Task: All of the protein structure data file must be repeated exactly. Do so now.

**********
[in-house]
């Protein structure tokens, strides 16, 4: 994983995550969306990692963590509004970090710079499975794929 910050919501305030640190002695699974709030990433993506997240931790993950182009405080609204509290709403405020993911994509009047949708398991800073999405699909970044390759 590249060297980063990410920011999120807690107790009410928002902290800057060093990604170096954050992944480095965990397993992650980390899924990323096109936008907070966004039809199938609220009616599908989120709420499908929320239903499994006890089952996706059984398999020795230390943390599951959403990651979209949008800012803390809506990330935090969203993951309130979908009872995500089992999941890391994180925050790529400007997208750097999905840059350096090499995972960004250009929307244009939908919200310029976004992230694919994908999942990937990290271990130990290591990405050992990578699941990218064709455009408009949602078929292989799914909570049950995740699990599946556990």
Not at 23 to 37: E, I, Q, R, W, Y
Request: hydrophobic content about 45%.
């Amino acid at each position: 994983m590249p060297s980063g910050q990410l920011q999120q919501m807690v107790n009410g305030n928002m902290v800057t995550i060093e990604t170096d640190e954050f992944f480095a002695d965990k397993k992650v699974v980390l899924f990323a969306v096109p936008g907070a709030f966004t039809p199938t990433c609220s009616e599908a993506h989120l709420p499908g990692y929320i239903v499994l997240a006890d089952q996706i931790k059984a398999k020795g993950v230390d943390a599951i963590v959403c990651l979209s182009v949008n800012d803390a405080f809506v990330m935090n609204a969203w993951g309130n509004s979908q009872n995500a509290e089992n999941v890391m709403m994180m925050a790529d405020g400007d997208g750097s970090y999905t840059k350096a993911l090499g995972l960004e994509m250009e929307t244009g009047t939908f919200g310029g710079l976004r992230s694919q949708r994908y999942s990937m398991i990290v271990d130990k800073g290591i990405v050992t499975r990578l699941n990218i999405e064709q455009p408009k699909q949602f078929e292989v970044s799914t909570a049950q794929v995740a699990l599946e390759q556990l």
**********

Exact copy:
[in-house]
């Protein structure tokens, strides 16, 4: 994983995550969306990692963590509004970090710079499975794929 910050919501305030640190002695699974709030990433993506997240931790993950182009405080609204509290709403405020993911994509009047949708398991800073999405699909970044390759 590249060297980063990410920011999120807690107790009410928002902290800057060093990604170096954050992944480095965990397993992650980390899924990323096109936008907070966004039809199938609220009616599908989120709420499908929320239903499994006890089952996706059984398999020795230390943390599951959403990651979209949008800012803390809506990330935090969203993951309130979908009872995500089992999941890391994180925050790529400007997208750097999905840059350096090499995972960004250009929307244009939908919200310029976004992230694919994908999942990937990290271990130990290591990405050992990578699941990218064709455009408009949602078929292989799914909570049950995740699990599946556990």
Not at 23 to 37: E, I, Q, R, W, Y
Request: hydrophobic content about 45%.
């Amino acid at each position: 994983m590249p060297s980063g910050q990410l920011q999120q919501m807690v107790n009410g305030n928002m902290v800057t995550i060093e990604t170096d640190e954050f992944f480095a002695d965990k397993k992650v699974v980390l899924f990323a969306v096109p936008g907070a709030f966004t039809p199938t990433c609220s009616e599908a993506h989120l709420p499908g990692y929320i239903v499994l997240a006890d089952q996706i931790k059984a398999k020795g993950v230390d943390a599951i963590v959403c990651l979209s182009v949008n800012d803390a405080f809506v990330m935090n609204a969203w993951g309130n509004s979908q009872n995500a509290e089992n999941v890391m709403m994180m925050a790529d405020g400007d997208g750097s970090y999905t840059k350096a993911l090499g995972l960004e994509m250009e929307t244009g009047t939908f919200g310029g710079l976004r992230s694919q949708r994908y999942s990937m398991i990290v271990d130990k800073g290591i990405v050992t499975r990578l699941n990218i999405e064709q455009p408009k699909q949602f078929e292989v970044s799914t909570a049950q794929v995740a699990l599946e390759q556990l």